His Highness Haji Mohamed Jamalulhiram, Sultan of Sulu, was temporarily sojourning in Sandakan when we were there, having come across from his capital of Jolo for the purpose of collecting the monthly subsidy of five hundred pesos paid him by the British North Borneo Company for certain territorial concessions. The company would have sent the money to Jolo, of course, but the Sultan preferred to come to Sandakan to collect it; there are better facilities for gambling there. Because I was curious to see the picturesque personage around whom George Ade wrote his famous opera, _The Sultan of Sulu_, and because the Lovely Lady and the Winsome Widow had read in a Sunday supplement that he made it a practise to present those American women whom he met with pearls of great price, upon our arrival at Sandakan I invited the Sultan to dinner aboard the _Negros_. When I called on him at his hotel to extend the invitation, I found him clad in a very soiled pink kimono, a pair of red velvet slippers, and a smile made somewhat gory by the betel-nut he had been chewing, but when he came aboard the _Negros_ that evening he wore a red fez and irreproachable dinner clothes of white linen. As the crew of the cutter was entirely composed of Tagalogs and Visayans, from the northern Philippines, who, being Christians, regard the Mohammedan Moro with contempt, not unmixed with fear, when I called for side-boys to line the starboard rail when his Highness came aboard, there were distinctly mutinous mutterings. Captain Galvez tactfully settled the matter, however, by explaining to the crew that the Sultan was, after all, an American subject, which seemed to mollify, even if it did not entirely satisfy them. The armament of the _Negros_ had been removed after the armistice, so that we were without anything in the nature of a saluting cannon, but, as we wished to observe all the formalities of naval etiquette, the Doctor and Hawkinson volunteered to fire a royal salute with their automatic pistols as the Sultan came over the side. That, in their enthusiasm, they lost count and gave him about double the number of "guns" prescribed for the President of the United States caused Haji Mohamed no embarrassment; on the contrary, it seemed to please him immensely. (Donald Thompson, who was my photographer in Belgium during the early days of the war, always made it a point to address every officer he met as "General." He explained that it never did any harm and that it always put the officer in good humor.) When the cocktails were served the Sultan gravely explained through the interpreter that, being a devout Mohammedan and a Haji, he never permitted alcohol to pass his lips, an assertion which he promptly proceeded to prove by taking four Martinis in rapid succession. Now the chef of the _Negros_ possessed the faculty of camouflaging his dishes so successfully that neither by taste, looks nor smell could one tell with certainty what one was eating. So, when the meat, smothered in thick brown gravy, was passed to the Sultan, his Highness, who, like all True Believers, abhors pork, regarded it dubiously. "Pig?" he demanded of the steward. "No, sare," was the frightened answer. "Cow." Over the coffee and cigarettes the Lovely Lady and the Winsome Widow tactfully led the conversation around to the subject of pearls, whereupon the Sultan thrust his hand into his pocket and produced a round pink box, evidently originally intended for pills. Removing the lid, he displayed, imbedded in cotton, half a dozen pearls of a size and quality such as one seldom sees outside the window of a Fifth Avenue jeweler. I could see that the Lovely Lady and the Winsome Widow were mentally debating as to whether they would have them set in brooches or rings. But when they had been passed from hand to hand, accompanied by the customary exclamations of envy and admiration, back they went into the royal pocket again. "And to think," one of the party remarked afterward, "that we wasted two bottles of perfectly good gin and a bottle of vermouth on him!" It was after midnight when our guest took his departure, the ship's orchestra playing him over the side with a selection from _The Sultan of Sulu_, which, in view of my ignorance as to whether Sulu possessed a national anthem, seemed highly appropriate to the occasion. As the launch bearing the Sultan shot shoreward Hawkinson set off a couple of magnesium flares, which he had brought along for the purpose of taking pictures at night, making the whole harbor of Sandakan as bright as day. I heard afterward that the Sultan remarked that we were the only visitors since the Taft party who really appreciated his importance.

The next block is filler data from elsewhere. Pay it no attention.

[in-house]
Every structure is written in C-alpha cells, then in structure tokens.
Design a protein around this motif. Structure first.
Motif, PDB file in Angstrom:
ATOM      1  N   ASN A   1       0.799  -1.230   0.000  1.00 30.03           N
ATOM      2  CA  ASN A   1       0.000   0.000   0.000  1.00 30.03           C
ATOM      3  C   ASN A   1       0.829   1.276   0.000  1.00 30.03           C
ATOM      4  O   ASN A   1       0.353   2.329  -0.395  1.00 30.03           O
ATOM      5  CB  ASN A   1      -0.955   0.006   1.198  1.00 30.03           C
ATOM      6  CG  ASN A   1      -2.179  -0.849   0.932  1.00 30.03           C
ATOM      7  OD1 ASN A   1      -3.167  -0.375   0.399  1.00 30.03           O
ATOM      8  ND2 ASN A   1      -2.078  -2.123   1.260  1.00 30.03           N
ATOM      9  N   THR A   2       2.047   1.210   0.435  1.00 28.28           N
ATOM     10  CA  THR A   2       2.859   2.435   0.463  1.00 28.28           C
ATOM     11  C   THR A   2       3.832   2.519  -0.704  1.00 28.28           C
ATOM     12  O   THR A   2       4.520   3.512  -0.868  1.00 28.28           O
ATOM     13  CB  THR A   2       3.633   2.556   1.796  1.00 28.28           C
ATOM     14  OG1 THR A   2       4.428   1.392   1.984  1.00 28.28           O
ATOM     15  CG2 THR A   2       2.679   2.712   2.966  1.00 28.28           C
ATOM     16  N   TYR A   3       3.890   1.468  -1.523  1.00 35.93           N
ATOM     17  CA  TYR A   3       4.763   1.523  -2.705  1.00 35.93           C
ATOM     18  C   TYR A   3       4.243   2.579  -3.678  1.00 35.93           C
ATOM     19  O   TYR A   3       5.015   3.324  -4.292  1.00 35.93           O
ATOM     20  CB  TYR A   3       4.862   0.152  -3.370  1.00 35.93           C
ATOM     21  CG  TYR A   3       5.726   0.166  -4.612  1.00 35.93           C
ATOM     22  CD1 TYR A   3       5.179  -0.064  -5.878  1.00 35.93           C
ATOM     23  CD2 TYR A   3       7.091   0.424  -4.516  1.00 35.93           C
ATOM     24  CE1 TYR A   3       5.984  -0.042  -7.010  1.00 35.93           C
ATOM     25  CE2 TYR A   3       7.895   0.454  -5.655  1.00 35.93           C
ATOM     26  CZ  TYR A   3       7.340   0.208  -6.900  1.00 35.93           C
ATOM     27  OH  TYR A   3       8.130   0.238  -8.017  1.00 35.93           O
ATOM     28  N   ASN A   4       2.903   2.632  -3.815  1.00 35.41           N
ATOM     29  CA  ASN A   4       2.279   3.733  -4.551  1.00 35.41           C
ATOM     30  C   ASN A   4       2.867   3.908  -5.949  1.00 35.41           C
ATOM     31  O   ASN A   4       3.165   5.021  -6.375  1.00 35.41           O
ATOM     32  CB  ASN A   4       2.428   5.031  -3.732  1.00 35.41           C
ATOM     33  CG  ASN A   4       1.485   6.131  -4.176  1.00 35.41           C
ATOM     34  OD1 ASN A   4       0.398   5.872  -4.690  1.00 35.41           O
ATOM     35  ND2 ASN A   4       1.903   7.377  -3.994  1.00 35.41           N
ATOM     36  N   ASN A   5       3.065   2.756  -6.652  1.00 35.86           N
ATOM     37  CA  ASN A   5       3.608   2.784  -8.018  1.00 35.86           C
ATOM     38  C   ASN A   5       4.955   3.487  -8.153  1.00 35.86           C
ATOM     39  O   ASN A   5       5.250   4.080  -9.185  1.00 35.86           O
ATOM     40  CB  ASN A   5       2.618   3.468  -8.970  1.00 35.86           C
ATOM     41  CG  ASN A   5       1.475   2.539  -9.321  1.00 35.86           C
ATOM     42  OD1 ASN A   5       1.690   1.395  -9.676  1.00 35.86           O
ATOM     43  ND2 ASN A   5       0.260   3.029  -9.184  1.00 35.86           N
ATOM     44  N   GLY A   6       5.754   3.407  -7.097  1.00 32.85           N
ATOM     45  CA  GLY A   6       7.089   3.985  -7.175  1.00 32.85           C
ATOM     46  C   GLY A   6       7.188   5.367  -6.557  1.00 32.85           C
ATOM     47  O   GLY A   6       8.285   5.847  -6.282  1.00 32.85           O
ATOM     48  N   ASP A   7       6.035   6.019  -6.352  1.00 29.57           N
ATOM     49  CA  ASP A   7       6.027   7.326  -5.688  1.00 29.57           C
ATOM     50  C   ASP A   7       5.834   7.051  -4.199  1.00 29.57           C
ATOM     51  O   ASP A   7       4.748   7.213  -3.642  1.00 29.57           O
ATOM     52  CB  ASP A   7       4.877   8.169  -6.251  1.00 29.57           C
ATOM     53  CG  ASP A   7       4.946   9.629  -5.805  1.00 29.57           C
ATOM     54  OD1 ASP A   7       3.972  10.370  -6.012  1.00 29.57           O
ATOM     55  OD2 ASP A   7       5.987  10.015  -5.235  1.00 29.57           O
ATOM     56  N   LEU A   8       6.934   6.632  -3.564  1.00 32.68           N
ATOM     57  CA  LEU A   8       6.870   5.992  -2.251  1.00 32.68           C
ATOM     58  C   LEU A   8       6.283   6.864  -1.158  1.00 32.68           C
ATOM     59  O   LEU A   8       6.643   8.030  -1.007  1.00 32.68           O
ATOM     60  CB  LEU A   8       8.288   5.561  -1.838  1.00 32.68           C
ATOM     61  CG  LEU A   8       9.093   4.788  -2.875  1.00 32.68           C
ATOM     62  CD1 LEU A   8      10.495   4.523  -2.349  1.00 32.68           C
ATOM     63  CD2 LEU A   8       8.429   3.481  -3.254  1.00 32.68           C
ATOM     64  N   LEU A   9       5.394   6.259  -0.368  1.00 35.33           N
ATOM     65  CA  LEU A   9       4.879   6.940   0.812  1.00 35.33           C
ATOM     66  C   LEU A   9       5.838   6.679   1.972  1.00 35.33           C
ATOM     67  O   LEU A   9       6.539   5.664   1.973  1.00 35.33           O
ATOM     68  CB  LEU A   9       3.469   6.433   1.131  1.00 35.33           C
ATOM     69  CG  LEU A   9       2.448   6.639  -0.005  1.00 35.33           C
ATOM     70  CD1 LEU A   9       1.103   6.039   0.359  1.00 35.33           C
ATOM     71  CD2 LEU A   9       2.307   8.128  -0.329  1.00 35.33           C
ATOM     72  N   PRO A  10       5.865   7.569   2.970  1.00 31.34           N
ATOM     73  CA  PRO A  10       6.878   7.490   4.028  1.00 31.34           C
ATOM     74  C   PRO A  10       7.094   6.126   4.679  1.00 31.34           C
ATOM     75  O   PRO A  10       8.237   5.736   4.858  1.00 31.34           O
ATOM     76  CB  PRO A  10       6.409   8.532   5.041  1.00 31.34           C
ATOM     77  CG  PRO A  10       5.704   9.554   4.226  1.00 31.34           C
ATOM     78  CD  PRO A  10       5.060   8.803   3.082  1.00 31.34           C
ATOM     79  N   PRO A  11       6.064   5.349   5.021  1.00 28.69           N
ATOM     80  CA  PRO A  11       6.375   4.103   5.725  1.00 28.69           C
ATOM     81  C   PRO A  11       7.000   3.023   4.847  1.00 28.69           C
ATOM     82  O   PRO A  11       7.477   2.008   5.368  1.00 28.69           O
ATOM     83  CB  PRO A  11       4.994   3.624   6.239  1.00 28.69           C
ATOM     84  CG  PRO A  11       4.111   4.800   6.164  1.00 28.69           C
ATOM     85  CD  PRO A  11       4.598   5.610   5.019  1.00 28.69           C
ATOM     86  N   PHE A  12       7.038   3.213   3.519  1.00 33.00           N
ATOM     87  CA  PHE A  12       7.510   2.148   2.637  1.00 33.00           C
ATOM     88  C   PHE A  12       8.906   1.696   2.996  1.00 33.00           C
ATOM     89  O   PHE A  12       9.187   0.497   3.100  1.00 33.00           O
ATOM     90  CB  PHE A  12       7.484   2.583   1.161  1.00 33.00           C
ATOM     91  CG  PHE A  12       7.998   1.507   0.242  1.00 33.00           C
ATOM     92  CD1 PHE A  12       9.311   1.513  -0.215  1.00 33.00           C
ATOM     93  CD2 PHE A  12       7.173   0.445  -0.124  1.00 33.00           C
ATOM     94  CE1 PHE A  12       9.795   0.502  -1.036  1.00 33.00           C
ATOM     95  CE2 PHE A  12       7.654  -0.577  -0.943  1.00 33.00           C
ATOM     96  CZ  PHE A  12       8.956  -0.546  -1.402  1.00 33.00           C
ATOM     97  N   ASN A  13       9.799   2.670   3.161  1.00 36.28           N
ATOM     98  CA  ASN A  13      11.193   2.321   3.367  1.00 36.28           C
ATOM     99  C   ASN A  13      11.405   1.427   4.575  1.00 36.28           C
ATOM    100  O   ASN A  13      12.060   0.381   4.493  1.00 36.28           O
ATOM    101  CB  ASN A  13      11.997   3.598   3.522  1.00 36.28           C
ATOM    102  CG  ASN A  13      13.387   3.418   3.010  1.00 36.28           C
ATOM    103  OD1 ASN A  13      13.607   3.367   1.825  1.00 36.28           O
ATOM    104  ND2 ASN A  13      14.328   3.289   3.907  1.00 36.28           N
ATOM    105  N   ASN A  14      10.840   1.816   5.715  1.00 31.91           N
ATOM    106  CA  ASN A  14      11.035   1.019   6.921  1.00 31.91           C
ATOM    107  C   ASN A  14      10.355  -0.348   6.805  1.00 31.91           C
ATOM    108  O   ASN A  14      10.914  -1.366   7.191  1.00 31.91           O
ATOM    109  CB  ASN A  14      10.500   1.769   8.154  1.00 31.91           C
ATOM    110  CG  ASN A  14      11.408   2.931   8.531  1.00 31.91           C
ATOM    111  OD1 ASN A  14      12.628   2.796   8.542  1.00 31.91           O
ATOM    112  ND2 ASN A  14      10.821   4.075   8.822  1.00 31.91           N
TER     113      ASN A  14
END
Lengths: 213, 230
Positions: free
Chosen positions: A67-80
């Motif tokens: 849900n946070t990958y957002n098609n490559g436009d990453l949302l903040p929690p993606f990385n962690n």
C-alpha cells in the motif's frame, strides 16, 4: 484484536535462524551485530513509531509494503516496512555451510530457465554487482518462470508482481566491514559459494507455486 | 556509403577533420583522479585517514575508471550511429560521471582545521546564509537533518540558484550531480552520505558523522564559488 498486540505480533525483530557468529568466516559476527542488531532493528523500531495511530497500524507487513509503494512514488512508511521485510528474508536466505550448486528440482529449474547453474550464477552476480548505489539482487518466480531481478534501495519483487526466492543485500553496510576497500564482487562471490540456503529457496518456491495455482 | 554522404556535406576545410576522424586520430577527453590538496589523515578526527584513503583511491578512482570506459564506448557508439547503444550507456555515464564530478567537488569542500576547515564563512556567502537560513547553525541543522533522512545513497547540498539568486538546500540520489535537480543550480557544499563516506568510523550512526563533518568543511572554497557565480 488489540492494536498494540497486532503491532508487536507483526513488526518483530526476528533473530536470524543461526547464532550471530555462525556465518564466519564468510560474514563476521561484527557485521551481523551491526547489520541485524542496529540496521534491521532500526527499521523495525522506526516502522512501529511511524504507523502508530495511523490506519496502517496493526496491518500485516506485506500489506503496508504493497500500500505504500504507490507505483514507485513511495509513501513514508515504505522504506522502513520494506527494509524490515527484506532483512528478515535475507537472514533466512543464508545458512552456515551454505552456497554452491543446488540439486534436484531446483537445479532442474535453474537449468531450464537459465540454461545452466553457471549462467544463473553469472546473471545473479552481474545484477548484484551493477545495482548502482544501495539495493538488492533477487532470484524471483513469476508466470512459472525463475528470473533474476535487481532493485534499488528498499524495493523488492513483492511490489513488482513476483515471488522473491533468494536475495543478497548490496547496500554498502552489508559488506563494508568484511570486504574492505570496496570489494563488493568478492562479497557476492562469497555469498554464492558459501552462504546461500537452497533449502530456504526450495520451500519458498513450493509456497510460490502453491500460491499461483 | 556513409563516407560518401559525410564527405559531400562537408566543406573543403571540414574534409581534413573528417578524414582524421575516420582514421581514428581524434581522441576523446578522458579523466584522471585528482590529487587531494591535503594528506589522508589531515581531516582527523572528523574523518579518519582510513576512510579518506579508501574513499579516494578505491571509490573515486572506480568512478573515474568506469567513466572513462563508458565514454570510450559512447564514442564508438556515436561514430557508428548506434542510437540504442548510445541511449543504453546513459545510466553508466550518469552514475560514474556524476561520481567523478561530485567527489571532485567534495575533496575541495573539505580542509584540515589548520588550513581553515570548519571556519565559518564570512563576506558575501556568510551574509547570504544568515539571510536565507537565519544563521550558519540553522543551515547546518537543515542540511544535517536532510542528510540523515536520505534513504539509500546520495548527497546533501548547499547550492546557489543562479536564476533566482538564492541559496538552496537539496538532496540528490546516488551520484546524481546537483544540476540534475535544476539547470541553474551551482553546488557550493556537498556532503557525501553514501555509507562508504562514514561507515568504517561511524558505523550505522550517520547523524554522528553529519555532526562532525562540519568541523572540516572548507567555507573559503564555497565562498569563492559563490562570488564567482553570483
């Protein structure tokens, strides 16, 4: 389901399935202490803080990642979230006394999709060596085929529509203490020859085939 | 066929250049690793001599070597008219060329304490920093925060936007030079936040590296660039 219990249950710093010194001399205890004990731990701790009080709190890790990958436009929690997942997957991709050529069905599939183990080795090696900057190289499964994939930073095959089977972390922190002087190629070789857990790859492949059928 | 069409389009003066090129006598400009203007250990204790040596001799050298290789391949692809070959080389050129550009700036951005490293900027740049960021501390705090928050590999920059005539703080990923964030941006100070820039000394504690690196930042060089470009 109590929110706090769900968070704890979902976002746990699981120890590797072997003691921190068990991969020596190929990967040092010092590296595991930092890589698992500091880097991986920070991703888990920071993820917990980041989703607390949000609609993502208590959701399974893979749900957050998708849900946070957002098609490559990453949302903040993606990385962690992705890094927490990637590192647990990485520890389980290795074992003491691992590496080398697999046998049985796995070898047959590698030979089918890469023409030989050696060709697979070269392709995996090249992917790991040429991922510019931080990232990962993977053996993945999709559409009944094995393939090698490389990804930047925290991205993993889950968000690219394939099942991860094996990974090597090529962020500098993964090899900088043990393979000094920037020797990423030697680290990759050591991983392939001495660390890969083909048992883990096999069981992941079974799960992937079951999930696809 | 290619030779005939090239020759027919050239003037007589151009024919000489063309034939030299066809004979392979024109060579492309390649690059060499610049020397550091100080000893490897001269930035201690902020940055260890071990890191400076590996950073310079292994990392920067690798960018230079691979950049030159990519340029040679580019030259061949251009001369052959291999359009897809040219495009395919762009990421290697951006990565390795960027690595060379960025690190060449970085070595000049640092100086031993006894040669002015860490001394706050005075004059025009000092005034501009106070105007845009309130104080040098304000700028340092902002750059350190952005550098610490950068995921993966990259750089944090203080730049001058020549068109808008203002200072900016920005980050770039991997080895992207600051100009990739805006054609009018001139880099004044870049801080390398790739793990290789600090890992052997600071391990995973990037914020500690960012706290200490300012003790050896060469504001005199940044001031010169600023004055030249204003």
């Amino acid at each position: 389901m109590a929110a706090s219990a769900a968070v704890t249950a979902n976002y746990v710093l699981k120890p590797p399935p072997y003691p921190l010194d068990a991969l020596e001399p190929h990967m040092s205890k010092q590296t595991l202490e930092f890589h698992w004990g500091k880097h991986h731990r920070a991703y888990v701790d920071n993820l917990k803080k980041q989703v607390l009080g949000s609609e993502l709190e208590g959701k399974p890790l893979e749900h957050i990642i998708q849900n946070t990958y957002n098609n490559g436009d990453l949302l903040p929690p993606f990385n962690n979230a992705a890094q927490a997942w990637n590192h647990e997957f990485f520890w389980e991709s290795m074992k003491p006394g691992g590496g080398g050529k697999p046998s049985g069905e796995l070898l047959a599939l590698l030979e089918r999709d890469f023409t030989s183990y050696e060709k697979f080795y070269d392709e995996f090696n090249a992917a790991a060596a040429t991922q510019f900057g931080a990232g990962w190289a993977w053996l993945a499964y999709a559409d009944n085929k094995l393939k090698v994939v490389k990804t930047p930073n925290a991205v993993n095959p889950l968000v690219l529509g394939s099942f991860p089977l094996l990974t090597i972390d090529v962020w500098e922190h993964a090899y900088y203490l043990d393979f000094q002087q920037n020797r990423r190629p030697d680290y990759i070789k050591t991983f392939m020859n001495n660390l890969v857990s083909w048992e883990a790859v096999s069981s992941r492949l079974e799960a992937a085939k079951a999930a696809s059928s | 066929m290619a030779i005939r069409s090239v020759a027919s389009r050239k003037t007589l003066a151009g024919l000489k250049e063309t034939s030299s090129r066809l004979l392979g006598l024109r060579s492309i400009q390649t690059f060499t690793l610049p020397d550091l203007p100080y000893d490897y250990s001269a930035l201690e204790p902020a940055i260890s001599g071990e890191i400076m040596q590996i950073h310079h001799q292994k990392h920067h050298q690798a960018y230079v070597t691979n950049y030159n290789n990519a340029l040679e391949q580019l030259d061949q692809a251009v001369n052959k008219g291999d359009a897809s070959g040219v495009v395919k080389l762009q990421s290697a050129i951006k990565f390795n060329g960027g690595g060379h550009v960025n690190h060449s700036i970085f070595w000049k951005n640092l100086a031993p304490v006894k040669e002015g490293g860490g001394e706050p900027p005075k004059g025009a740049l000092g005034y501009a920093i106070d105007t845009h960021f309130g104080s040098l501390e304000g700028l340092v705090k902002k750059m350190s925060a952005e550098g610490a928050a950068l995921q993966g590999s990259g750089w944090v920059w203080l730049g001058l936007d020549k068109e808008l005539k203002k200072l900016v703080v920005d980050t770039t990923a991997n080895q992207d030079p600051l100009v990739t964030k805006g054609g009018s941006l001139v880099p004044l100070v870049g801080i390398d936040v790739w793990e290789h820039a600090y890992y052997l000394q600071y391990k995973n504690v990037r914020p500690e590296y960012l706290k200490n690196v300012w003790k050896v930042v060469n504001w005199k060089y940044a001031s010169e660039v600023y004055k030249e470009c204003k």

Source: Where the Strange Trails Go Down Chapter II, Outposts of Empire, page 25 by E. Alexander Powell